US labour officials have begun a hearing on whether Amazon was guilty of misconduct in a landmark union vote, with Amazon losing one of the opening moves.
The Retail, Wholesale and Department Store Union asked the US’ National Labor Relations Board to set aside the vote because Amazon allegedly interfered by threatening layoffs or closure of the facility if the union won.
In early April employees voted by a margin of more than 2 to 1 not to organise.
On Friday Amazon sought to learn the names of witnesses before they testify, saying it would be a “trial by ambush” if the company did not know who would speak before each session.
Amazon lawyer Harry Johnson said the company wouldn’t need to know “the email address and telephone number”.
But he said the “identity of the witness and what objections they would address” was “actually some fundamental notice that we think should be given”.
Richard Rouco, speaking for the union, opposed the request.
“Protecting and guarding the identity of witnesses, employee witnesses in particular, until the moment that they’re prepared to testify is something that’s very important,” he said.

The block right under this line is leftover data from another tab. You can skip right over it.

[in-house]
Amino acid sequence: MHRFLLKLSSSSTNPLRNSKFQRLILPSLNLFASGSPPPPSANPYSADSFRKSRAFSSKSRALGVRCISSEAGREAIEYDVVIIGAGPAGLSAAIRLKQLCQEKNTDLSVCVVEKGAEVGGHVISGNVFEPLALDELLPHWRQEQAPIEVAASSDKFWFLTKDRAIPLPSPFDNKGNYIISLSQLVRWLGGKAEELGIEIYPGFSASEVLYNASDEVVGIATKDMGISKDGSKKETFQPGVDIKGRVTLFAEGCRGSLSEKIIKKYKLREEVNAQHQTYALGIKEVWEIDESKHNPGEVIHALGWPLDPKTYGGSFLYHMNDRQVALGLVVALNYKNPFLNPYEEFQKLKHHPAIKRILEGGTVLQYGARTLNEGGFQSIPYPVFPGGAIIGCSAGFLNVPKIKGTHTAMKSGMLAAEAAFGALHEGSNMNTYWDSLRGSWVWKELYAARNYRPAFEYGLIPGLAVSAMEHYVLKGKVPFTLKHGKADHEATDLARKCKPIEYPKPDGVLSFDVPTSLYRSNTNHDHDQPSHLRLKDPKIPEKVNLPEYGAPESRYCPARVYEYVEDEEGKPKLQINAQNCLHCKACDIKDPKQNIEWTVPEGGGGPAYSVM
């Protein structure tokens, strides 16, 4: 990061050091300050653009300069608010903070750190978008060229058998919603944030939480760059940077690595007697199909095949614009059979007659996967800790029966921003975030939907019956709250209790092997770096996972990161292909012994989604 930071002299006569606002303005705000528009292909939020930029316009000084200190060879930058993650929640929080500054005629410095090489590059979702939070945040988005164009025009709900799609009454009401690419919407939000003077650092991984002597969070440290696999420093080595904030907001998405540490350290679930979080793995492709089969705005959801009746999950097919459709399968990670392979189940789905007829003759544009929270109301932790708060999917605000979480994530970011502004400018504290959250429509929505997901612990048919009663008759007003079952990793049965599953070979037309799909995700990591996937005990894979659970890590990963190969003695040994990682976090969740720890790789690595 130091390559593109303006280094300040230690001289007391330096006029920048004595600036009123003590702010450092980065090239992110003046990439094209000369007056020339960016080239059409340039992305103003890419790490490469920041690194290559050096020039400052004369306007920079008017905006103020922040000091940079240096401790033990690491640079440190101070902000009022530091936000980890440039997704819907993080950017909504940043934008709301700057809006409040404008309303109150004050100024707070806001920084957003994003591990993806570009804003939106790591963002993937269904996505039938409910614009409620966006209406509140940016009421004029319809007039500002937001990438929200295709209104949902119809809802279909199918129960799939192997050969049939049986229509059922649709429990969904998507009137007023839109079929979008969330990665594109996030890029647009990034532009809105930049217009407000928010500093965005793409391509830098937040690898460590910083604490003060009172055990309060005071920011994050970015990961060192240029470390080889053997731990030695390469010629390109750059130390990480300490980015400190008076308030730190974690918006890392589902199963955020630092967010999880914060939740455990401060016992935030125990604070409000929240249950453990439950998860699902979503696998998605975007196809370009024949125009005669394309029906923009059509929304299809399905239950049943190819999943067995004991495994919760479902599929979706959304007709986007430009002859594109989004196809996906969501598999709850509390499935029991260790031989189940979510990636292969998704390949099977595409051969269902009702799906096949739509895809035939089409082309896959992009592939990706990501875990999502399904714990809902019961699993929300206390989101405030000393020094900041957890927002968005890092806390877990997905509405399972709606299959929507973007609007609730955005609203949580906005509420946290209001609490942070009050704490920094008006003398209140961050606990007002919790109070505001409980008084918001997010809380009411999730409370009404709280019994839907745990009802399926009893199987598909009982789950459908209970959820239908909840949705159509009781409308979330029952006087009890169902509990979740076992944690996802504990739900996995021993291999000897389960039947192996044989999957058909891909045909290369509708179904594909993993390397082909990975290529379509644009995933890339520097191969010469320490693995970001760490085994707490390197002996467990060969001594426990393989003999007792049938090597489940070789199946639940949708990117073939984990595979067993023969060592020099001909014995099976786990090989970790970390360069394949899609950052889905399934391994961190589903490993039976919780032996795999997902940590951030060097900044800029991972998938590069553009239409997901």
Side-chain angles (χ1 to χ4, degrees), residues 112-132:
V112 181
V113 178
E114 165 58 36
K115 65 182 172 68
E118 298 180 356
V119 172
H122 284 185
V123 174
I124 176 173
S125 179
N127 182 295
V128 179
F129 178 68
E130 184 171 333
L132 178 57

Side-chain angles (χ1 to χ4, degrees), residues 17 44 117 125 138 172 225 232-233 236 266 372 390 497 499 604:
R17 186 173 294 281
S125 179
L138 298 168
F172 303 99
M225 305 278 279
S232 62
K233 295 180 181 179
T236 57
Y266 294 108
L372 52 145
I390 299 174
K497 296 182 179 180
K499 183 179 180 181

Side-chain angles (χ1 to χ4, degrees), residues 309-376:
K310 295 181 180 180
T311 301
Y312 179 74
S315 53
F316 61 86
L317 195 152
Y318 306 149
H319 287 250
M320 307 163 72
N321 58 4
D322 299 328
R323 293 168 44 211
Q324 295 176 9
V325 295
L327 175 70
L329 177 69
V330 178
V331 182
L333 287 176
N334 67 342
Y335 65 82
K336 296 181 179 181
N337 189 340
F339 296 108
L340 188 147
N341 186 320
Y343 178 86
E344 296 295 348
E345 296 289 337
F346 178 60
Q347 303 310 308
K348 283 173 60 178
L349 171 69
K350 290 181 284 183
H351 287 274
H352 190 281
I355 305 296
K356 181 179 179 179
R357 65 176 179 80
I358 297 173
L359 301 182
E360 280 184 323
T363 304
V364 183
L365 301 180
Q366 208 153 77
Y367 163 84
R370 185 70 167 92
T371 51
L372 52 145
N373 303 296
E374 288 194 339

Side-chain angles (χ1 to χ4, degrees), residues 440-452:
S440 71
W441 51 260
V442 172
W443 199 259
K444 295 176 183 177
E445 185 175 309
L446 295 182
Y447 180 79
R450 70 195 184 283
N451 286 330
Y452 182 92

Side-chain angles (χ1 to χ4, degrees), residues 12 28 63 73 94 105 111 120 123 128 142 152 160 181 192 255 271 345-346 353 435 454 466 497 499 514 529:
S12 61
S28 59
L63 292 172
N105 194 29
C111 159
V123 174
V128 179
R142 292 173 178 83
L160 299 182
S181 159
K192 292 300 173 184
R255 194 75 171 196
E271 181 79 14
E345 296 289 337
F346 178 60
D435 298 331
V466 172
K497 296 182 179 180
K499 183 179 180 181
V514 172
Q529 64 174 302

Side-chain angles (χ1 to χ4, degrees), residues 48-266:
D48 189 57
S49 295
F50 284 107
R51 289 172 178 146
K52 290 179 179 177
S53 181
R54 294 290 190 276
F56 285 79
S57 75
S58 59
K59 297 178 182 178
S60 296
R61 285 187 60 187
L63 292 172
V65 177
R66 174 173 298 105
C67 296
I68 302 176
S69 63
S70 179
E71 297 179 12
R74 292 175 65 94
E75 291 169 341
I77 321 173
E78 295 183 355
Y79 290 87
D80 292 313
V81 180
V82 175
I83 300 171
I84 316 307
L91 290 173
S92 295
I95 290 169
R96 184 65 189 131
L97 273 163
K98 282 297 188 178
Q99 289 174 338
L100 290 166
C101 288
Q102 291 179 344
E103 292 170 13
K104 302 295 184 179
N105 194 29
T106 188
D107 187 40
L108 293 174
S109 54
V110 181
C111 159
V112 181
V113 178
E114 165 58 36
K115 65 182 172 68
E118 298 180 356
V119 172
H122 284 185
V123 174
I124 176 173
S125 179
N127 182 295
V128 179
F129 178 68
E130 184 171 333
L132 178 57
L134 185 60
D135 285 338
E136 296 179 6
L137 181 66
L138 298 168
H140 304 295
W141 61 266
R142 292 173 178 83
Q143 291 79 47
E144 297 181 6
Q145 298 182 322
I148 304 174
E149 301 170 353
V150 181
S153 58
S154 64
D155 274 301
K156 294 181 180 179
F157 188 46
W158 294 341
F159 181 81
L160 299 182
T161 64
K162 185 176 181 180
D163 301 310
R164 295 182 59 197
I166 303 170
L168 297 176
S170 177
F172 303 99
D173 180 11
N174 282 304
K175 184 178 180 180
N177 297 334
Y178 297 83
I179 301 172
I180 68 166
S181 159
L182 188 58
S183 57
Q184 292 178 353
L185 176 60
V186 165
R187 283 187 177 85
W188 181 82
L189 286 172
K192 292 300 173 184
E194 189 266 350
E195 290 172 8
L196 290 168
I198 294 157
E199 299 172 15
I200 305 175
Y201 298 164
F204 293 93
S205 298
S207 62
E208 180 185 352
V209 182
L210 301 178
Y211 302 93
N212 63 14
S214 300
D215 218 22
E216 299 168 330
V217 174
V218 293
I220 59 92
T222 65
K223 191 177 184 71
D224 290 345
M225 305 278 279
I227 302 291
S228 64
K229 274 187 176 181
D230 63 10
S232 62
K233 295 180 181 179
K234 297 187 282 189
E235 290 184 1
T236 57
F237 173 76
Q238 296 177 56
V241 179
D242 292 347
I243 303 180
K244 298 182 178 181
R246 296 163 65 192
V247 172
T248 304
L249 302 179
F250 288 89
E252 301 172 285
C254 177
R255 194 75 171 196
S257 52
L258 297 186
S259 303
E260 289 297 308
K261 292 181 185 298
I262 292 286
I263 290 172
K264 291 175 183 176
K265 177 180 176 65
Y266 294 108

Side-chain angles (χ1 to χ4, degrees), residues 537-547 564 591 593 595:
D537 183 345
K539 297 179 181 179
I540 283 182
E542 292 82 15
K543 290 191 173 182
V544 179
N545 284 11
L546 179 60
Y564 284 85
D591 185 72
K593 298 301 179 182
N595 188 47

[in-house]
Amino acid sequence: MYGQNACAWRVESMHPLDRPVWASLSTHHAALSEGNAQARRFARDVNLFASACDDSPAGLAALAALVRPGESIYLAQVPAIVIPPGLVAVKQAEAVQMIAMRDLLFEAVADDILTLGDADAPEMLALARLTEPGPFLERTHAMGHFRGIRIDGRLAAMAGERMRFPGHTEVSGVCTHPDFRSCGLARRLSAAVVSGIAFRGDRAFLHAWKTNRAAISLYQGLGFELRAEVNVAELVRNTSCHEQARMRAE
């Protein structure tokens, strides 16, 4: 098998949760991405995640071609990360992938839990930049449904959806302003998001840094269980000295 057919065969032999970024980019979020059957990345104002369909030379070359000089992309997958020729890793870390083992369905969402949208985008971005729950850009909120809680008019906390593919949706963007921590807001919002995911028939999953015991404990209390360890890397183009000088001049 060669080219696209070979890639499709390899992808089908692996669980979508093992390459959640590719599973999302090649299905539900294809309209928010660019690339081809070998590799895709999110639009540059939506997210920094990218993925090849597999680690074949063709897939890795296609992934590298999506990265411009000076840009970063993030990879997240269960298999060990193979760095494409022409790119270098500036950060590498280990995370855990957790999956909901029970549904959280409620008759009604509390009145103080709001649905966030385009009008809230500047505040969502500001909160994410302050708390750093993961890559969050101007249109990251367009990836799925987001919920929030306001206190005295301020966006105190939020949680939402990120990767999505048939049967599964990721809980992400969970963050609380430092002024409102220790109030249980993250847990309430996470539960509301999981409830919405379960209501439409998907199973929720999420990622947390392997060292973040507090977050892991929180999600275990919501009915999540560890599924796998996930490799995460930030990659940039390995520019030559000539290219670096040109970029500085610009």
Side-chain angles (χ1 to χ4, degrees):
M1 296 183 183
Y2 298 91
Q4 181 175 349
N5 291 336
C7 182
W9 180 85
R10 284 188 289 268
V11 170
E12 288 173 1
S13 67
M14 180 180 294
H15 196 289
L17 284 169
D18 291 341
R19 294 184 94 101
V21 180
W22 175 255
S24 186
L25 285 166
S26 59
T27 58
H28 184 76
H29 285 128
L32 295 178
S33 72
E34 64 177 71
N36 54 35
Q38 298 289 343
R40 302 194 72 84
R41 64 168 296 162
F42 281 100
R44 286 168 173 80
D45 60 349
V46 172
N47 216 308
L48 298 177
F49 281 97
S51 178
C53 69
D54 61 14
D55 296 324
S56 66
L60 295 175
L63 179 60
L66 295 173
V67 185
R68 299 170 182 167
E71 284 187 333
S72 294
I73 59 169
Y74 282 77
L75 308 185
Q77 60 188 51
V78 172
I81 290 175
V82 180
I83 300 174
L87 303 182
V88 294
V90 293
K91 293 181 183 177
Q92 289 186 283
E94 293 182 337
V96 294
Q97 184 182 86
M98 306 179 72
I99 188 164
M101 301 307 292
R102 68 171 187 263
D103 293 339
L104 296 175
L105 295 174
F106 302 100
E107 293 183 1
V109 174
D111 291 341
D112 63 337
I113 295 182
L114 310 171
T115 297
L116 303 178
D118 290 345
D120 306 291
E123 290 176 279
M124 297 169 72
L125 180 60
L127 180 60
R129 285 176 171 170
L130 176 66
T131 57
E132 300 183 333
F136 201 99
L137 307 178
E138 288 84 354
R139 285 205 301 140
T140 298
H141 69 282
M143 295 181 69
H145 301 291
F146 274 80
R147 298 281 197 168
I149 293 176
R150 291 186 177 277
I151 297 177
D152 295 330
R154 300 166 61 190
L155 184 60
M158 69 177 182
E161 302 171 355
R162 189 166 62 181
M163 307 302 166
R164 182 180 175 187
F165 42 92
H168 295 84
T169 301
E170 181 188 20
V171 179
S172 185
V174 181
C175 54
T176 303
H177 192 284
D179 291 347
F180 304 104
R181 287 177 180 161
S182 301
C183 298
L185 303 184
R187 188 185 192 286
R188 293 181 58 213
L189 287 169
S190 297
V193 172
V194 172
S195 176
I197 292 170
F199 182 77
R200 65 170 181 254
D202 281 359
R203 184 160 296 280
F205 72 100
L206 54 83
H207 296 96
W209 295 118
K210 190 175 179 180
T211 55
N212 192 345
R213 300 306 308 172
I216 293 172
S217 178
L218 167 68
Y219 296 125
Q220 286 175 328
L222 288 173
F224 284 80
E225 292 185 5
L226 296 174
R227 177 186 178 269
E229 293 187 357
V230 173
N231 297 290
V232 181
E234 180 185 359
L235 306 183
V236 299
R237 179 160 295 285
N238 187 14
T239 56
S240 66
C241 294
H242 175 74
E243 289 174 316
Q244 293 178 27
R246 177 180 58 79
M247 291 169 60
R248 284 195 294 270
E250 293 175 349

Hearing officer Kerstin Meyers denied Amazon’s request but said she would accept a briefing on the matter. The hearing is expected to continue at least through this week.
In a 16 April complaint, the RWDSU accused Amazon of misconduct, including issuing anti-union threats, firing an employee for distributing union cards and pressuring staff to cast votes in a mailbox installed on the property in view of surveillance cameras.
The union plans to present witnesses to testify that Amazon consultants or supervisors told employees that if they voted for the union, “Jeff Bezos would not lose any money by taking the Amazon name off the building and shutting the facility down”, according to a 30 April labour board ruling.
NLRB regional director Lisa Henderson wrote in her ruling scheduling the hearing that evidence presented by the union “could be grounds for overturning the election“.
Amazon has denied wrongdoing.
“Despite heavy campaigning from union officials, policymakers and even some media outlets, our employees overwhelmingly rejected the union’s representation,” Amazon said in a statement.
“Rather than accepting that choice, the union seems determined to continue misrepresenting the facts in order to drive its own agenda.”
Industry watchers have said that the vote was expected to be challenged no matter which side won.
A successful appeal by the union would most likely lead to a new election. If it loses, the RWDSU would have to wait at least 12 months before it would be allowed to again demonstrate substantial support for a renewed labour bid.
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